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Strong UK business data creates interest rate dilemma for Bank of England


Strong UK business data creates interest rate dilemma for Bank of England


Britain’s dominant services sector grew more strongly than expected in September, defying the Brexit vote gloom.

Surveys of businesses show the UK’s economy is proving more resilient than expected and has so far avoided a sharp slowdown.

Activity at services firms rose, though the growth rate did ease slightly from August.

Companies reported more customer enquiries and improved confidence but they are worried that the lower value of the pound is driving up import costs.

Markit, which carried out the surveys, said the overall performance of the UK economy last month looked like it was the strongest since January.

Markit’s surveys of British manufacturing and construction published earlier in the week also came in stronger than expected, further confounding predictions that June’s vote to leave the European Union would deliver a rapid blow to the economy.

Bank of England dilemma

The UK’s central bank now has to decide if the recent stronger business data means it will not have to further cut interest rates to cushion the impact of the vote to leave the European Union.

On Wednesday a senior Bank of England policymaker acknowledged the surprising resilience of the UK economy since the June referendum, while adding it was too soon to say what it meant for the longer term.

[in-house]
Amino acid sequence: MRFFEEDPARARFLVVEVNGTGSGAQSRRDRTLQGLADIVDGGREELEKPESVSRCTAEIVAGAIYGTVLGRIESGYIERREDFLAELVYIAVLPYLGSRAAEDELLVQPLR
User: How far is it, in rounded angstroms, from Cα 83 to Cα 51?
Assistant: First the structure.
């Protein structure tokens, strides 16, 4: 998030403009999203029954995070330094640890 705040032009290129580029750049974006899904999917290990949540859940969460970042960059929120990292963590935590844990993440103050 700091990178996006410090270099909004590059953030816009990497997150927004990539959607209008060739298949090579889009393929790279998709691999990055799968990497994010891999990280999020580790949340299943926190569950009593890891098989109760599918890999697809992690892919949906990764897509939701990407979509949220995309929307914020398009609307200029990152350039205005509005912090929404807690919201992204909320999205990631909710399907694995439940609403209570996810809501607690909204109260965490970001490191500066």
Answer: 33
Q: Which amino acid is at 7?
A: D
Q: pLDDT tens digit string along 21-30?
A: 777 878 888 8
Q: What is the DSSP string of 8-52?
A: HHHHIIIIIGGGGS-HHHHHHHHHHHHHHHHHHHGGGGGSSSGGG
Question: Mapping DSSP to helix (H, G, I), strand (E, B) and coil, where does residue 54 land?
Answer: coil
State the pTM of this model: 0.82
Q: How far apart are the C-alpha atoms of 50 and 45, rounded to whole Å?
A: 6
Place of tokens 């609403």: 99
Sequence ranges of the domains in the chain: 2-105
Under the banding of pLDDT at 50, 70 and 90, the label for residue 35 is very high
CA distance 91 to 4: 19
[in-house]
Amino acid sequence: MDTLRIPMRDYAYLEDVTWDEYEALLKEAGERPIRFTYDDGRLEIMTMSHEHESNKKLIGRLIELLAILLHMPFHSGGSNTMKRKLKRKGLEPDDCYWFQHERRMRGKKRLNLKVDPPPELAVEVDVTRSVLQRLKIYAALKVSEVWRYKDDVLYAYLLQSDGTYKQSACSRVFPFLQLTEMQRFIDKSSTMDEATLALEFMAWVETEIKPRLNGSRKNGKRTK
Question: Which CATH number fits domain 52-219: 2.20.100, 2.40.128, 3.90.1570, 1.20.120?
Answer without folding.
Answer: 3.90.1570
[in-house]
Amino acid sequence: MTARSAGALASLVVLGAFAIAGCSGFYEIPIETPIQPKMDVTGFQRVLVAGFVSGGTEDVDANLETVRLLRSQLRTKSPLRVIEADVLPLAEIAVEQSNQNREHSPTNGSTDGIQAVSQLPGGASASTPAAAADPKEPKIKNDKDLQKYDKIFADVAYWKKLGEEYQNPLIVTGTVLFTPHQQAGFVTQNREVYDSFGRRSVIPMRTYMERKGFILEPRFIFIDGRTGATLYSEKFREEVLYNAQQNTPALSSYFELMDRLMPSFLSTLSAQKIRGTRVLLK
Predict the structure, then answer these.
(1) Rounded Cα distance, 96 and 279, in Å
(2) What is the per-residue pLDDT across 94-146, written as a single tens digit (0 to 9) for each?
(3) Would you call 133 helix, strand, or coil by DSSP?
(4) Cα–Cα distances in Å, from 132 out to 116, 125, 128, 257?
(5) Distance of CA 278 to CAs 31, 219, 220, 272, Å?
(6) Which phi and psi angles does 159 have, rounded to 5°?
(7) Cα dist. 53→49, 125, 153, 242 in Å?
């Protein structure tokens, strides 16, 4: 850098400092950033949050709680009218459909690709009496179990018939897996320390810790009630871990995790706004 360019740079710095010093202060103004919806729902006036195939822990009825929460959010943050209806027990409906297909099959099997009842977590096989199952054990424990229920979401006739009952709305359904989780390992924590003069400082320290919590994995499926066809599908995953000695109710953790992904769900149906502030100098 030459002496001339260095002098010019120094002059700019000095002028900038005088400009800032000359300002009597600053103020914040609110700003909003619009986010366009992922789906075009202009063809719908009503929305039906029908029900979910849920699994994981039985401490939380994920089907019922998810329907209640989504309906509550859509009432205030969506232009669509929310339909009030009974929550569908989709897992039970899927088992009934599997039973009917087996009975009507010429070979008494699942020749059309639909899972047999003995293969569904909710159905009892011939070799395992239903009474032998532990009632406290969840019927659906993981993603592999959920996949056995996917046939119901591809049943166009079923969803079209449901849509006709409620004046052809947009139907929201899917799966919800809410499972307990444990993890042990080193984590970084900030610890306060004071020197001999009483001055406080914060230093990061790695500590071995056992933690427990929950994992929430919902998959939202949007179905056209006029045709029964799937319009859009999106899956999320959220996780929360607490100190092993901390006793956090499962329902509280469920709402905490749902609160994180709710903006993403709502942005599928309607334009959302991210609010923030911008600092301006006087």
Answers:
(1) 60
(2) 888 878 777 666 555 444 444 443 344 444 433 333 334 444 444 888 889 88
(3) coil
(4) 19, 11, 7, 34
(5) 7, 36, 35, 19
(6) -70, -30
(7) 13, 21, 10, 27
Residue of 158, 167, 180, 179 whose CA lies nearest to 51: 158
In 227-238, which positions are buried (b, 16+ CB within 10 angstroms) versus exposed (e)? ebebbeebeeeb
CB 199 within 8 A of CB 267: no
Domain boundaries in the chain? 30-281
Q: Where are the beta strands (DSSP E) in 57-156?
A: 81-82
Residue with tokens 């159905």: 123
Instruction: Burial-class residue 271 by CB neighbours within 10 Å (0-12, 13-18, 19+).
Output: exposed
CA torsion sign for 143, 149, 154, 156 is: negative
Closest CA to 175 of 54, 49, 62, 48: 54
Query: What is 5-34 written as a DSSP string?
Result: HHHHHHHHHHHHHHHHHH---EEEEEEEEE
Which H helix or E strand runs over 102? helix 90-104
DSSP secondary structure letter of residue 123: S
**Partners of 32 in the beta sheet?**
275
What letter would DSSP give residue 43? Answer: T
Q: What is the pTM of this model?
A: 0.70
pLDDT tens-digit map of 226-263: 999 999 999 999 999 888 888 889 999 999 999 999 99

Ben Broadbent, the Bank’s deputy governor for monetary policy, told investors to wait for the BoE’s next policy meeting on Nov. 3 when it will give a quarterly update on the economy.

Other BoE policymakers have recently dropped hints they might not vote for a rate cut then.

“The wiser course is to wait for the November Inflation Report, which gives us a good opportunity to reflect more systematically on the news since August, and what it implies – if anything – for the medium-term outlook,” Broadbent said.

In the short term, he said, the economy seemed to have been cushioned by demand from still buoyant domestic consumers, the quick boost to exporters from the fall in the value of sterling and the gentle impact so far on the housing market.

However, the Brexit effect on investment was likely to be “more insidious” as companies faced the prospect of a long wait for the outcome of Britain’s attempts to negotiate a new trading relationship with the EU.

Broadbent said the impact of the vote on Britain’s housing market might also take longer to come through.

Mirroring the caution about the longer-term prospects for the economy, the International Monetary Fund on Tuesday lowered its forecast for British growth next year to 1.1 percent from 1.3 percent in July.

The value of the pound dipped below $1.27 for the first time since 1985 on Wednesday although it recovered some of its losses after the business survey results were released and finished the trading session at $1.2755.

The fall in the value of sterling is because of investors concerns about the potential future impact of Brexit.

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